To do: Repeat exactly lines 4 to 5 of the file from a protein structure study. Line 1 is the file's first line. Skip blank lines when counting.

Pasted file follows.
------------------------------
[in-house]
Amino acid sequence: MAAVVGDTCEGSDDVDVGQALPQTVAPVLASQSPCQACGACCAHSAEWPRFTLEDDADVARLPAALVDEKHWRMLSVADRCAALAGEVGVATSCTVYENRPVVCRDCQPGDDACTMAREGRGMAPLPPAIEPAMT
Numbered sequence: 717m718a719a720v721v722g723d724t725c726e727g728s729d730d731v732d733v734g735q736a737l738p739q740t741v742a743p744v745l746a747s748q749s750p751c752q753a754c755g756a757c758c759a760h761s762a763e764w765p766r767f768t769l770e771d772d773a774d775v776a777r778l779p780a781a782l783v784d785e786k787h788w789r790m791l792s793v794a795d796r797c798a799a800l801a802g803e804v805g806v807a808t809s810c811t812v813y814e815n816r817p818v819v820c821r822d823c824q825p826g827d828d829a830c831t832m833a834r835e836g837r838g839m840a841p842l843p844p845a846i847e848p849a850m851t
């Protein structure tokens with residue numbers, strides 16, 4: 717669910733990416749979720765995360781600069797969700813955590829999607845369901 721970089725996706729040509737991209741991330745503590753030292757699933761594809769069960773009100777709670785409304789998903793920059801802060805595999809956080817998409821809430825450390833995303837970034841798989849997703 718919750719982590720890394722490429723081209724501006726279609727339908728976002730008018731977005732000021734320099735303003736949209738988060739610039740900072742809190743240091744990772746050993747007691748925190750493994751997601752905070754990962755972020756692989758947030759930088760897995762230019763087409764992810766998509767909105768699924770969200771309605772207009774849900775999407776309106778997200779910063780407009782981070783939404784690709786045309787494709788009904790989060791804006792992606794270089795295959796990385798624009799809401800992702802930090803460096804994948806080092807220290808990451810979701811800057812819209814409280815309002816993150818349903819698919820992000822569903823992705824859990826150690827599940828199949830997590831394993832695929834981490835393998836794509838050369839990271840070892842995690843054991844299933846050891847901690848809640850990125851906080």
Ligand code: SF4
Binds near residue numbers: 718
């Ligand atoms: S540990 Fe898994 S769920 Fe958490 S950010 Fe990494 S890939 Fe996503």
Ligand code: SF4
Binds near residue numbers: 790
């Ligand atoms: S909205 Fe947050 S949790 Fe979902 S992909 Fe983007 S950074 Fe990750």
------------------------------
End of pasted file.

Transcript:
């Protein structure tokens with residue numbers, strides 16, 4: 717669910733990416749979720765995360781600069797969700813955590829999607845369901 721970089725996706729040509737991209741991330745503590753030292757699933761594809769069960773009100777709670785409304789998903793920059801802060805595999809956080817998409821809430825450390833995303837970034841798989849997703 718919750719982590720890394722490429723081209724501006726279609727339908728976002730008018731977005732000021734320099735303003736949209738988060739610039740900072742809190743240091744990772746050993747007691748925190750493994751997601752905070754990962755972020756692989758947030759930088760897995762230019763087409764992810766998509767909105768699924770969200771309605772207009774849900775999407776309106778997200779910063780407009782981070783939404784690709786045309787494709788009904790989060791804006792992606794270089795295959796990385798624009799809401800992702802930090803460096804994948806080092807220290808990451810979701811800057812819209814409280815309002816993150818349903819698919820992000822569903823992705824859990826150690827599940828199949830997590831394993832695929834981490835393998836794509838050369839990271840070892842995690843054991844299933846050891847901690848809640850990125851906080």
Ligand code: SF4